This article is, I fear, another case of piercing Richard III in the back with that stealthy weapon, the hidden judgement. The attack isn’t open, but hidden behind the deceptive cloak of dark suggestion. Some might say, having read the article, that Richard’s short reign was poetic justice. More sensible folk, being acquainted with the… Continue reading Richard III is third, Edward V is second….
“….If we ignore Lady Jane Grey, then the monarch with probably theshortest reign was Edward V. (Right now I can’t think of anyone else.) He succeeded his father on April 9, 1483, at the tender age of 12. His uncle took him and his brother to the Tower of London “for their protection.” Seventy-eight… Continue reading More nudge nudge that Richard killed his nephews….
Suzannah Lipscomb has just completed another series on Channel Five, this time visiting the sites related to the “Tudors”. In the first episode, she concentrated on Henry VIII and the naval power he inherited from John Howard, Duke of Norfolk. The second was principally about the penultimate “Tudor”, Mary I, as well as Edward VI… Continue reading Walking “Tudor” England
REBLOGGED FROM A MEDIEVAL POTPOURRI sparkypus.com The graffiti commemorating the Dudleys. Beauchamp Tower. Photo Spitalfieldlife I am, to be honest not a fan of graffiti, also known as graffito, neither do I know anyone who is. However, if you are talking historical graffiti, and from no less than the Tower of London, well that is definitely… Continue reading The Grafitti of the Tower of London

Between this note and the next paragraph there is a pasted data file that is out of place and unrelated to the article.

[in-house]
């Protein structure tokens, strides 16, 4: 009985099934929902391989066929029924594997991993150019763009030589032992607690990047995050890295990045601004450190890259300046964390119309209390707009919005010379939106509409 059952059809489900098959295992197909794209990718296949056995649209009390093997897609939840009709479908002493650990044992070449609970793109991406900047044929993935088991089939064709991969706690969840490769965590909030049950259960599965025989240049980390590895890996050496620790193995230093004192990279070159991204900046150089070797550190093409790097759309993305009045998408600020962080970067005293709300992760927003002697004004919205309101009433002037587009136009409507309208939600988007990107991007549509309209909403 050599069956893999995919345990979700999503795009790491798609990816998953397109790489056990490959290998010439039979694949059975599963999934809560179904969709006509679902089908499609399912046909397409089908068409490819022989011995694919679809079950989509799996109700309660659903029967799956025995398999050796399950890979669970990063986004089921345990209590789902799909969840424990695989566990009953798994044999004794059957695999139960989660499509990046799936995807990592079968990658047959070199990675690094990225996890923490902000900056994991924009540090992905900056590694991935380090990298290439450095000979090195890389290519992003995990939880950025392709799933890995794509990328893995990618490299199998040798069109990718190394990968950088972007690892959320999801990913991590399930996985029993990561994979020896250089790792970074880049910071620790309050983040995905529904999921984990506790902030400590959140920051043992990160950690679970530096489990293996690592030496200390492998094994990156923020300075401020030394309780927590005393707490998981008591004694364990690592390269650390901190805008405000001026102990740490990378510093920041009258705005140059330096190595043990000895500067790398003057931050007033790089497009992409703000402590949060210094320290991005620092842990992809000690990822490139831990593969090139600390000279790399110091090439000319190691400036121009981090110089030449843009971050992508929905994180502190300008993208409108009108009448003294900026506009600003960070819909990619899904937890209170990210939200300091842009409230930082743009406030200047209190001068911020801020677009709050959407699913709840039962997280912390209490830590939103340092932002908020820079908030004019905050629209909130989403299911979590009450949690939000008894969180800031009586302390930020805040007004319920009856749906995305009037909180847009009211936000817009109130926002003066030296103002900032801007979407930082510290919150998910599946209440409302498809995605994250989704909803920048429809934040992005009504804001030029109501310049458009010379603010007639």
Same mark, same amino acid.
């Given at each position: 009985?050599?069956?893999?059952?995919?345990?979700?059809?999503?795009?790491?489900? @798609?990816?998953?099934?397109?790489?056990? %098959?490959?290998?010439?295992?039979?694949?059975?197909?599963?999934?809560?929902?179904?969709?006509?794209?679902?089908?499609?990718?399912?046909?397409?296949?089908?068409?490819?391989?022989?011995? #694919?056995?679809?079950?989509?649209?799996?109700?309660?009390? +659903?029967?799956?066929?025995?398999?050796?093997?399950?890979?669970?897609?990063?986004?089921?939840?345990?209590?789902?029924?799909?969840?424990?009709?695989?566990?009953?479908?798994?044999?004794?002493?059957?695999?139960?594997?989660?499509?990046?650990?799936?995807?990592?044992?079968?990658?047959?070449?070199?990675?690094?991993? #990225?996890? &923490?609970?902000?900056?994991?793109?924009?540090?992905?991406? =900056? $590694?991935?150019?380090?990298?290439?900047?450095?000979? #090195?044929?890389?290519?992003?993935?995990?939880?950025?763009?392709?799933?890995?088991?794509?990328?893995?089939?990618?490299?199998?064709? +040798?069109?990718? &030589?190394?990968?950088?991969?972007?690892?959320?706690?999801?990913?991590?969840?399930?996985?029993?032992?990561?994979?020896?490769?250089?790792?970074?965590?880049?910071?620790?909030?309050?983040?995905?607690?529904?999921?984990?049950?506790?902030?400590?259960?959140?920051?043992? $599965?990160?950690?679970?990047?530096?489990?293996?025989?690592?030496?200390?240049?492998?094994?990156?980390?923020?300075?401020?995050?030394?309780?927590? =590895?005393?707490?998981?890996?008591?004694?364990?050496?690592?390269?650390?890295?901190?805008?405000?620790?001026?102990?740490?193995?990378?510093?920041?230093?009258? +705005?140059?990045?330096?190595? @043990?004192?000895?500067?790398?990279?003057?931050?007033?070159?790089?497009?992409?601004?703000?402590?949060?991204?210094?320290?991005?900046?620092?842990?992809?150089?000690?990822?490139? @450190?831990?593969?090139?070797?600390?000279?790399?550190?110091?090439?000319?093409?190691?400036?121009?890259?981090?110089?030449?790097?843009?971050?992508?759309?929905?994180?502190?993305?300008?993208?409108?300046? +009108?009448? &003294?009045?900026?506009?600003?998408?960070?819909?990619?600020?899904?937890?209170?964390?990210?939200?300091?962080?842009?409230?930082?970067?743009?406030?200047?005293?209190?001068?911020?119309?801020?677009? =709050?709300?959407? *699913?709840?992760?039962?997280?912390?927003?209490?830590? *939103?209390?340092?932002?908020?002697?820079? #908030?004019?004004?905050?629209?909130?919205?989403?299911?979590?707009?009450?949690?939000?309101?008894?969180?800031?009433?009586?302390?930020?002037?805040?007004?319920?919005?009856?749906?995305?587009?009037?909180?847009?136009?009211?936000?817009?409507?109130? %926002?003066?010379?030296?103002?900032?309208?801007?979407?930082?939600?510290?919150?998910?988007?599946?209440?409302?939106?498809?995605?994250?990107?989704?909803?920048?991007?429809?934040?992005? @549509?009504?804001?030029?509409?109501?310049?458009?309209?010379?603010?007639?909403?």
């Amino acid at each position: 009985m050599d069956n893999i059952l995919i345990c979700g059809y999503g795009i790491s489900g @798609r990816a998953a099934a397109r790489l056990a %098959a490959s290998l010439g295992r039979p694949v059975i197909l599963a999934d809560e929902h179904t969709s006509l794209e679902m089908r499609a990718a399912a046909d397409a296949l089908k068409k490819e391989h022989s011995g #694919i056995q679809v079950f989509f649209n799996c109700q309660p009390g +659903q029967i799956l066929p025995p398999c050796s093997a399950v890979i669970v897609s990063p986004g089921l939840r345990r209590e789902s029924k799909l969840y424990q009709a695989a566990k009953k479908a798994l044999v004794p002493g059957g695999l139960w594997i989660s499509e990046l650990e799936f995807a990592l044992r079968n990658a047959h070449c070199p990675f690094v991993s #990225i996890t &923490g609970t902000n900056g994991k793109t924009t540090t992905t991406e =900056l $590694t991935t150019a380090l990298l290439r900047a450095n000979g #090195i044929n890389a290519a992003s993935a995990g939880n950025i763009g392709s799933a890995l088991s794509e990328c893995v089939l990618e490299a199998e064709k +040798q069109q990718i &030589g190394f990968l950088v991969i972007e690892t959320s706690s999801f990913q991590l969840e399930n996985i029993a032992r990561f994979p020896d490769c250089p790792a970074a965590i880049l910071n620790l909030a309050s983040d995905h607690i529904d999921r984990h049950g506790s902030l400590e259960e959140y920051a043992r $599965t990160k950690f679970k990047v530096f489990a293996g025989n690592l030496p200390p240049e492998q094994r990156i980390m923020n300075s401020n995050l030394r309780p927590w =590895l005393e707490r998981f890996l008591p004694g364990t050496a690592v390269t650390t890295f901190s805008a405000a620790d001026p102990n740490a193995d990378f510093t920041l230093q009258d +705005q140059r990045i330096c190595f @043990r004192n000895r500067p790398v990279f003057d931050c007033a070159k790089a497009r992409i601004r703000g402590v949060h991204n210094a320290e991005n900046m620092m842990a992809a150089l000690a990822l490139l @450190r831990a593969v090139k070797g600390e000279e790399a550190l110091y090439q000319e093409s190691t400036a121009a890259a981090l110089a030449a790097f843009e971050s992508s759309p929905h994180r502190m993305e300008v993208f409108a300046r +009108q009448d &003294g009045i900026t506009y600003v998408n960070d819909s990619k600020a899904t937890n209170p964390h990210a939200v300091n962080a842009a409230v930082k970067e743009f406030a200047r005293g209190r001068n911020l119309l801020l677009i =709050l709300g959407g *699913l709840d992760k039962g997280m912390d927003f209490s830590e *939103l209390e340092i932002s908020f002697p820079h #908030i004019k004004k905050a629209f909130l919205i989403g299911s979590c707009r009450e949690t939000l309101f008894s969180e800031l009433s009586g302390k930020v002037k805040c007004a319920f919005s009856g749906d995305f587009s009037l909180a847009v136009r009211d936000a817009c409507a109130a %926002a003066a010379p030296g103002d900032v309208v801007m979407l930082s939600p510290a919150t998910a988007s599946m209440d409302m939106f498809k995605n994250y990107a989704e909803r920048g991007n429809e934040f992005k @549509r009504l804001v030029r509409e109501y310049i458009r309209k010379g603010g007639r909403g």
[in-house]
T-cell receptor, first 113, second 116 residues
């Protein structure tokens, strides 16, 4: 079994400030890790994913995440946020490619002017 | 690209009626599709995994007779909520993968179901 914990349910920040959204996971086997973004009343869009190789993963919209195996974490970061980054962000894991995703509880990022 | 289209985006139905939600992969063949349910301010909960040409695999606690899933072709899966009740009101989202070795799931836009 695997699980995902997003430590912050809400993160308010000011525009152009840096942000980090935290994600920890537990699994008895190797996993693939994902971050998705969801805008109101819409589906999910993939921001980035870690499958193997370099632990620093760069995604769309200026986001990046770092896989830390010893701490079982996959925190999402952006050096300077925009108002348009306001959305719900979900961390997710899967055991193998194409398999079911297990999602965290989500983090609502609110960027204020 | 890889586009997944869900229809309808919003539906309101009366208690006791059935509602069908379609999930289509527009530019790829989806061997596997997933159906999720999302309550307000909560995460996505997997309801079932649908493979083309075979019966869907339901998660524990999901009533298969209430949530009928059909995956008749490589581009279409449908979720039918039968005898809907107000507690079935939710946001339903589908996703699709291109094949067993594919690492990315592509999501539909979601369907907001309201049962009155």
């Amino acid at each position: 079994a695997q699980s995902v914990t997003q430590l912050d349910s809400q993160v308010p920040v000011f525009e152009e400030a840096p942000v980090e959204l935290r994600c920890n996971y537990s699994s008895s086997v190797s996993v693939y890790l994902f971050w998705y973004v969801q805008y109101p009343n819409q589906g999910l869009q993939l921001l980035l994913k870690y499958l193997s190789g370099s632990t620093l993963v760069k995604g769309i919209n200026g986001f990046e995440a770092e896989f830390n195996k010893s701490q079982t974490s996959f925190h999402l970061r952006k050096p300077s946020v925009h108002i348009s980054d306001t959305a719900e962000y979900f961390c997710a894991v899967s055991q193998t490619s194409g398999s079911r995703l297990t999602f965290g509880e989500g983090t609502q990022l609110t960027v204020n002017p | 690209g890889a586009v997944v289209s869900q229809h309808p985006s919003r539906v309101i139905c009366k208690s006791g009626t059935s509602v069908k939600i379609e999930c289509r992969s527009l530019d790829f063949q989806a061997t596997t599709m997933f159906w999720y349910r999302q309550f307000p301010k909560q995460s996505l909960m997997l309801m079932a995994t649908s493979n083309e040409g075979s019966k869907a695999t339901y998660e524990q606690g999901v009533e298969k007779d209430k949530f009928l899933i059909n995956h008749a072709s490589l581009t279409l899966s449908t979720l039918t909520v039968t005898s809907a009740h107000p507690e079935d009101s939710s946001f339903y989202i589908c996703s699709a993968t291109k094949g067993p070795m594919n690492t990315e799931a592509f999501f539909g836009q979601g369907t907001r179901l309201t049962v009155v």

Reblogged from A Medieval Potpourri sparkypus.com The glorious ceiling of the Chapel Royal, Hampton Court. Photo James Brittain . Historic Royal Palaces. The main reason, and perhaps the only reason, why the bones in the urn in Westminster Abbey supposed to be those of the sons of Edward IV known as the “Princes” in the Tower, Edward of Westminster and… Continue reading ROYAL PECULIARS AND THEIR PECULIARITIES
Yet again we have Matt Lewis to thank for pointing out the error of journalistic and other writers’ ways. There are some bloopers in this Express piece but Matt sorts them out with good, plain, beautifully written English. Job done. Excellent.
Recently I came across an interesting article on Royal Central listing all the Queens who had anniversaries relevant to June-births, deaths, coronations, marriages and the start of their reigns. However, I did notice a couple of things in it that I would query–an error and an omission. CALENDAR OF QUEENS First the error. The article… Continue reading A Calendar of Queens –Minus One
The Grey family, originally from Northumberland, are a consistent feature of English history from the Southampton plot of 1415 to Monmouth’s rebellion nearly three centuries later. Sir Thomas Grey (1384-1415) of Castle Heaton was a soldier and one of the three principals in the Southampton plot against Henry V, revealed to him by Edmund Mortimer,… Continue reading A Grey Day
Right at the start of this series, Helen Castor (left) takes a black marker pen and illustrates the cause of the 1553 crisis on a large sheet of paper. Beginning with Henry VII, very few of his legitimate male descendants were alive at the start of that year – eliminating the obvious illegitimate cases, we… Continue reading A truncated reign and a truncated monarch
A little more about Lord Henry Hastings, son of Katherine Pole and later Earl of Huntingdon. 1595 was the year he died, after serving as Lord President of the Council of the North …